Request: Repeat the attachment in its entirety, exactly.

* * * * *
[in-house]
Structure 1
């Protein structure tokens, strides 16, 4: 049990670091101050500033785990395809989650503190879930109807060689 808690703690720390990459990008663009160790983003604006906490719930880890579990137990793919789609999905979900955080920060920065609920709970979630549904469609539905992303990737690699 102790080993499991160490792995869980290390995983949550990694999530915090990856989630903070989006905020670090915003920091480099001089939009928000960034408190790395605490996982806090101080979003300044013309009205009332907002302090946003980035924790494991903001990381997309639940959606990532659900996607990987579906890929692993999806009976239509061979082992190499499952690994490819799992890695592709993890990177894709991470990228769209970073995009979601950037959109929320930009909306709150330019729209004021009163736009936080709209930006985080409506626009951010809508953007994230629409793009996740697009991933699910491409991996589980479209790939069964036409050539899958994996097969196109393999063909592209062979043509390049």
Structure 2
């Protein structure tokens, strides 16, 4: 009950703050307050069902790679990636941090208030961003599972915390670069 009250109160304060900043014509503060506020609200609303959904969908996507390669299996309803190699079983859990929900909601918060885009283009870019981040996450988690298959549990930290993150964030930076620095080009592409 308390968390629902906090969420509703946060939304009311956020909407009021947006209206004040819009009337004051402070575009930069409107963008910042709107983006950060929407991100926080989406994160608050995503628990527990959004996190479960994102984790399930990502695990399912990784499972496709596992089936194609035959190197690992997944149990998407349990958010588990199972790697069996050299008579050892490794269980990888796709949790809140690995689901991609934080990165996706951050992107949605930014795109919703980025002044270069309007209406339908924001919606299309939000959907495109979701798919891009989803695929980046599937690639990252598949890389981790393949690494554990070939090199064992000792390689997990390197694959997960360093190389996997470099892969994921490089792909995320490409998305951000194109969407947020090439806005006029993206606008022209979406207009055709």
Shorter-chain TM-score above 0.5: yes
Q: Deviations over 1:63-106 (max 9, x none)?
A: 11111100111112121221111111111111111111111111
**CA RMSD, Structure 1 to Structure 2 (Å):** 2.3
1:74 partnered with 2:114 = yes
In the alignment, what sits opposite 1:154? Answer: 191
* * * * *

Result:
[in-house]
Structure 1
């Protein structure tokens, strides 16, 4: 049990670091101050500033785990395809989650503190879930109807060689 808690703690720390990459990008663009160790983003604006906490719930880890579990137990793919789609999905979900955080920060920065609920709970979630549904469609539905992303990737690699 102790080993499991160490792995869980290390995983949550990694999530915090990856989630903070989006905020670090915003920091480099001089939009928000960034408190790395605490996982806090101080979003300044013309009205009332907002302090946003980035924790494991903001990381997309639940959606990532659900996607990987579906890929692993999806009976239509061979082992190499499952690994490819799992890695592709993890990177894709991470990228769209970073995009979601950037959109929320930009909306709150330019729209004021009163736009936080709209930006985080409506626009951010809508953007994230629409793009996740697009991933699910491409991996589980479209790939069964036409050539899958994996097969196109393999063909592209062979043509390049």
Structure 2
């Protein structure tokens, strides 16, 4: 009950703050307050069902790679990636941090208030961003599972915390670069 009250109160304060900043014509503060506020609200609303959904969908996507390669299996309803190699079983859990929900909601918060885009283009870019981040996450988690298959549990930290993150964030930076620095080009592409 308390968390629902906090969420509703946060939304009311956020909407009021947006209206004040819009009337004051402070575009930069409107963008910042709107983006950060929407991100926080989406994160608050995503628990527990959004996190479960994102984790399930990502695990399912990784499972496709596992089936194609035959190197690992997944149990998407349990958010588990199972790697069996050299008579050892490794269980990888796709949790809140690995689901991609934080990165996706951050992107949605930014795109919703980025002044270069309007209406339908924001919606299309939000959907495109979701798919891009989803695929980046599937690639990252598949890389981790393949690494554990070939090199064992000792390689997990390197694959997960360093190389996997470099892969994921490089792909995320490409998305951000194109969407947020090439806005006029993206606008022209979406207009055709």
Shorter-chain TM-score above 0.5: yes
Q: Deviations over 1:63-106 (max 9, x none)?
A: 11111100111112121221111111111111111111111111
**CA RMSD, Structure 1 to Structure 2 (Å):** 2.3
1:74 partnered with 2:114 = yes
In the alignment, what sits opposite 1:154? Answer: 191